Altered neuronal physiology, development, and function associated with a common chromosome 15 duplication involving CHRNA7

Kesavan Meganathan, Ramachandran Prakasam, Dustin Baldridge, Paul Gontarz, Bo Zhang, Fumihiko Urano, Azad Bonni, Susan E. Maloney, Tychele N. Turner, James E. Huettner, John N. Constantino, Kristen L. Kroll

Research output: Contribution to journalArticlepeer-review

Abstract

Background: Copy number variants (CNVs) linked to genes involved in nervous system development or function are often associated with neuropsychiatric disease. While CNVs involving deletions generally cause severe and highly penetrant patient phenotypes, CNVs leading to duplications tend instead to exhibit widely variable and less penetrant phenotypic expressivity among affected individuals. CNVs located on chromosome 15q13.3 affecting the alpha-7 nicotinic acetylcholine receptor subunit (CHRNA7) gene contribute to multiple neuropsychiatric disorders with highly variable penetrance. However, the basis of such differential penetrance remains uncharacterized. Here, we generated induced pluripotent stem cell (iPSC) models from first-degree relatives with a 15q13.3 duplication and analyzed their cellular phenotypes to uncover a basis for the dissimilar phenotypic expressivity. Results: The first-degree relatives studied included a boy with autism and emotional dysregulation (the affected proband-AP) and his clinically unaffected mother (UM), with comparison to unrelated control models lacking this duplication. Potential contributors to neuropsychiatric impairment were modeled in iPSC-derived cortical excitatory and inhibitory neurons. The AP-derived model uniquely exhibited disruptions of cellular physiology and neurodevelopment not observed in either the UM or unrelated controls. These included enhanced neural progenitor proliferation but impaired neuronal differentiation, maturation, and migration, and increased endoplasmic reticulum (ER) stress. Both the neuronal migration deficit and elevated ER stress could be selectively rescued by different pharmacologic agents. Neuronal gene expression was also dysregulated in the AP, including reduced expression of genes related to behavior, psychological disorders, neuritogenesis, neuronal migration, and Wnt, axonal guidance, and GABA receptor signaling. The UM model instead exhibited upregulated expression of genes in many of these same pathways, suggesting that molecular compensation could have contributed to the lack of neurodevelopmental phenotypes in this model. However, both AP- and UM-derived neurons exhibited shared alterations of neuronal function, including increased action potential firing and elevated cholinergic activity, consistent with increased homomeric CHRNA7 channel activity. Conclusions: These data define both diagnosis-associated cellular phenotypes and shared functional anomalies related to CHRNA7 duplication that may contribute to variable phenotypic penetrance in individuals with 15q13.3 duplication. The capacity for pharmacological agents to rescue some neurodevelopmental anomalies associated with diagnosis suggests avenues for intervention for carriers of this duplication and other CNVs that cause related disorders.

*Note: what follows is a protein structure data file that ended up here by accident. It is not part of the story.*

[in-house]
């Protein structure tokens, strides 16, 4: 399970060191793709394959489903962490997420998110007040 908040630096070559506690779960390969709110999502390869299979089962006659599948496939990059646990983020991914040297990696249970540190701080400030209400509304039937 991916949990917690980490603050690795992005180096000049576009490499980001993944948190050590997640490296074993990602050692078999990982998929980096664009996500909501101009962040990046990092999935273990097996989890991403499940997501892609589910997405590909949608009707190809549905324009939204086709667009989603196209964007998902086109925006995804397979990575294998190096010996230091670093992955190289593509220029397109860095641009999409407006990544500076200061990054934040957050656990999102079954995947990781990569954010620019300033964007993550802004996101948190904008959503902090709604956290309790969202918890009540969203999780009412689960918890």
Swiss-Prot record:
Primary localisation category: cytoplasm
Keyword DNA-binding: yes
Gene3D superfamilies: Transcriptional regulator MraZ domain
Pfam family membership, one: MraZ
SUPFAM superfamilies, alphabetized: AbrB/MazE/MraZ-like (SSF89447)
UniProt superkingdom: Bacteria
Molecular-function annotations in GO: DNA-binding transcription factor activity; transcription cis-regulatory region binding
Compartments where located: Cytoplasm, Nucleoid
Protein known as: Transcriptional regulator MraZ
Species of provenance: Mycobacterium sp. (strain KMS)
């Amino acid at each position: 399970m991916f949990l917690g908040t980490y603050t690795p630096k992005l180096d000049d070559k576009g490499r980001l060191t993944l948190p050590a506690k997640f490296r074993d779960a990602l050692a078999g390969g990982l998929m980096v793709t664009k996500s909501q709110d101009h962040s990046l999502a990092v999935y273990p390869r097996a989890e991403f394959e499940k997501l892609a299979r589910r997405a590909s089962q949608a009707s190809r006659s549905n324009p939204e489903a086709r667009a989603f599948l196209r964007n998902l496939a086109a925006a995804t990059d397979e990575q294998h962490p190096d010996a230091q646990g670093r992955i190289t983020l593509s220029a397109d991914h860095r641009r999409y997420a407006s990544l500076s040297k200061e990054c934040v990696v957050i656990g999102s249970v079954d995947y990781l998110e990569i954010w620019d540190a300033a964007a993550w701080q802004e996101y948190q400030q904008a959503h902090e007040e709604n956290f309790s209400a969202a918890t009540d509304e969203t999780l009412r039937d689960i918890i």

Original languageEnglish
Article number147
JournalBMC Biology
Volume19
Issue number1
DOIs
StatePublished - Dec 2021

Keywords

  • CHRNA7
  • Chromosome 15q13.3 duplication
  • Copy number variants
  • Cortical neurons
  • Induced pluripotent stem cells
  • Neurodevelopmental disorders
  • Psychiatric disease

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